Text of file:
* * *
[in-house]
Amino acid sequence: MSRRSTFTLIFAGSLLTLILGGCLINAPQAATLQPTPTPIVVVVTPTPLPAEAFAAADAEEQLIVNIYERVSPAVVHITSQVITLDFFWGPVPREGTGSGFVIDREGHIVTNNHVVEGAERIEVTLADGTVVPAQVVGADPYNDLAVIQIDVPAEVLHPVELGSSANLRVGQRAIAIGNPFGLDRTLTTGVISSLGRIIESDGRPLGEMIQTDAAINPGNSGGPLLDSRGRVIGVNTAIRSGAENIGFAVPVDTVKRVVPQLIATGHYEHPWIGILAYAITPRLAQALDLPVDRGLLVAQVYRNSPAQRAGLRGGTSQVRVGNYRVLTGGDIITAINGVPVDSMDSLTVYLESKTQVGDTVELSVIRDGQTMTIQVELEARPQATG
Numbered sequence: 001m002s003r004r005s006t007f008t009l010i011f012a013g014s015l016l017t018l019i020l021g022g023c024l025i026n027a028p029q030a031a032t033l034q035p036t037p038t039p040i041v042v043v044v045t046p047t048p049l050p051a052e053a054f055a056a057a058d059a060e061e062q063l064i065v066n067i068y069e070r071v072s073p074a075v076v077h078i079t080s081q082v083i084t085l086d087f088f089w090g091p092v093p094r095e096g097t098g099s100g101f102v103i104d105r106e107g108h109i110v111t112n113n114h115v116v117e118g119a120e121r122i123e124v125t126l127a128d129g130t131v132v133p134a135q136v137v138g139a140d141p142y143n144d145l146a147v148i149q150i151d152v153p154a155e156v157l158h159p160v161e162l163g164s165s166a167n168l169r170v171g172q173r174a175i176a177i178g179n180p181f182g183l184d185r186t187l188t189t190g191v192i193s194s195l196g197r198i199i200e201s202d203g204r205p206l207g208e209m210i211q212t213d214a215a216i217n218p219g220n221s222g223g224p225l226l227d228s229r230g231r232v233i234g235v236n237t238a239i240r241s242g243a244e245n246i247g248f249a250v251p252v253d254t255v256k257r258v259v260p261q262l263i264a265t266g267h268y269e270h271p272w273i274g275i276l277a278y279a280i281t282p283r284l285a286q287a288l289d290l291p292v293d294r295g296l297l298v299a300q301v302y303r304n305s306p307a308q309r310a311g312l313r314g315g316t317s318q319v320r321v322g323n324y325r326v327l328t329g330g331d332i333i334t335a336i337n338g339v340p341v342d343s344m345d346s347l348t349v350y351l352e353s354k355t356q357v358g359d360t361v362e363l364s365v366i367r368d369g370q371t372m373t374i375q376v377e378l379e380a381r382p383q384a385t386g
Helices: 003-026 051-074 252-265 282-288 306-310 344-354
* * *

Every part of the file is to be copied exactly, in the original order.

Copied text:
[in-house]
Amino acid sequence: MSRRSTFTLIFAGSLLTLILGGCLINAPQAATLQPTPTPIVVVVTPTPLPAEAFAAADAEEQLIVNIYERVSPAVVHITSQVITLDFFWGPVPREGTGSGFVIDREGHIVTNNHVVEGAERIEVTLADGTVVPAQVVGADPYNDLAVIQIDVPAEVLHPVELGSSANLRVGQRAIAIGNPFGLDRTLTTGVISSLGRIIESDGRPLGEMIQTDAAINPGNSGGPLLDSRGRVIGVNTAIRSGAENIGFAVPVDTVKRVVPQLIATGHYEHPWIGILAYAITPRLAQALDLPVDRGLLVAQVYRNSPAQRAGLRGGTSQVRVGNYRVLTGGDIITAINGVPVDSMDSLTVYLESKTQVGDTVELSVIRDGQTMTIQVELEARPQATG
Numbered sequence: 001m002s003r004r005s006t007f008t009l010i011f012a013g014s015l016l017t018l019i020l021g022g023c024l025i026n027a028p029q030a031a032t033l034q035p036t037p038t039p040i041v042v043v044v045t046p047t048p049l050p051a052e053a054f055a056a057a058d059a060e061e062q063l064i065v066n067i068y069e070r071v072s073p074a075v076v077h078i079t080s081q082v083i084t085l086d087f088f089w090g091p092v093p094r095e096g097t098g099s100g101f102v103i104d105r106e107g108h109i110v111t112n113n114h115v116v117e118g119a120e121r122i123e124v125t126l127a128d129g130t131v132v133p134a135q136v137v138g139a140d141p142y143n144d145l146a147v148i149q150i151d152v153p154a155e156v157l158h159p160v161e162l163g164s165s166a167n168l169r170v171g172q173r174a175i176a177i178g179n180p181f182g183l184d185r186t187l188t189t190g191v192i193s194s195l196g197r198i199i200e201s202d203g204r205p206l207g208e209m210i211q212t213d214a215a216i217n218p219g220n221s222g223g224p225l226l227d228s229r230g231r232v233i234g235v236n237t238a239i240r241s242g243a244e245n246i247g248f249a250v251p252v253d254t255v256k257r258v259v260p261q262l263i264a265t266g267h268y269e270h271p272w273i274g275i276l277a278y279a280i281t282p283r284l285a286q287a288l289d290l291p292v293d294r295g296l297l298v299a300q301v302y303r304n305s306p307a308q309r310a311g312l313r314g315g316t317s318q319v320r321v322g323n324y325r326v327l328t329g330g331d332i333i334t335a336i337n338g339v340p341v342d343s344m345d346s347l348t349v350y351l352e353s354k355t356q357v358g359d360t361v362e363l364s365v366i367r368d369g370q371t372m373t374i375q376v377e378l379e380a381r382p383q384a385t386g
Helices: 003-026 051-074 252-265 282-288 306-310 344-354